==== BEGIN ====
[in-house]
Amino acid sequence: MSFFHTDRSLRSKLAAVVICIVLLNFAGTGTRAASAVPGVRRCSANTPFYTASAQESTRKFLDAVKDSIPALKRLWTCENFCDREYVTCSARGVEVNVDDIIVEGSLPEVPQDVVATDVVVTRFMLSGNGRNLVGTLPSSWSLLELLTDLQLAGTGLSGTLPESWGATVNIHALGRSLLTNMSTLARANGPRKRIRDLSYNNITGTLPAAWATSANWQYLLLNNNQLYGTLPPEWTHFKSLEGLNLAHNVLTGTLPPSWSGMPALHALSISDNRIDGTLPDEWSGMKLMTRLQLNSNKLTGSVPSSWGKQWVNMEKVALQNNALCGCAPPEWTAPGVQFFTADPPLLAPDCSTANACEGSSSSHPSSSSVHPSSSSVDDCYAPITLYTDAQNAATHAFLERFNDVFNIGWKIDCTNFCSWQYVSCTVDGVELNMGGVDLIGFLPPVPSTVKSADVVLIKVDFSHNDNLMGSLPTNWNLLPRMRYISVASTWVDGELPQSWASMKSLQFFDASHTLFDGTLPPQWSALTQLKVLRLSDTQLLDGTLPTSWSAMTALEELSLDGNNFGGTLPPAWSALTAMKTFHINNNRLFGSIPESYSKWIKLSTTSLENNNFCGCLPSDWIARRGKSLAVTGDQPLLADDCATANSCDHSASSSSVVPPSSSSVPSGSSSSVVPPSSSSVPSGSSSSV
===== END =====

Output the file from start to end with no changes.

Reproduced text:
[in-house]
Amino acid sequence: MSFFHTDRSLRSKLAAVVICIVLLNFAGTGTRAASAVPGVRRCSANTPFYTASAQESTRKFLDAVKDSIPALKRLWTCENFCDREYVTCSARGVEVNVDDIIVEGSLPEVPQDVVATDVVVTRFMLSGNGRNLVGTLPSSWSLLELLTDLQLAGTGLSGTLPESWGATVNIHALGRSLLTNMSTLARANGPRKRIRDLSYNNITGTLPAAWATSANWQYLLLNNNQLYGTLPPEWTHFKSLEGLNLAHNVLTGTLPPSWSGMPALHALSISDNRIDGTLPDEWSGMKLMTRLQLNSNKLTGSVPSSWGKQWVNMEKVALQNNALCGCAPPEWTAPGVQFFTADPPLLAPDCSTANACEGSSSSHPSSSSVHPSSSSVDDCYAPITLYTDAQNAATHAFLERFNDVFNIGWKIDCTNFCSWQYVSCTVDGVELNMGGVDLIGFLPPVPSTVKSADVVLIKVDFSHNDNLMGSLPTNWNLLPRMRYISVASTWVDGELPQSWASMKSLQFFDASHTLFDGTLPPQWSALTQLKVLRLSDTQLLDGTLPTSWSAMTALEELSLDGNNFGGTLPPAWSALTAMKTFHINNNRLFGSIPESYSKWIKLSTTSLENNNFCGCLPSDWIARRGKSLAVTGDQPLLADDCATANSCDHSASSSSVVPPSSSSVPSGSSSSVVPPSSSSVPSGSSSSV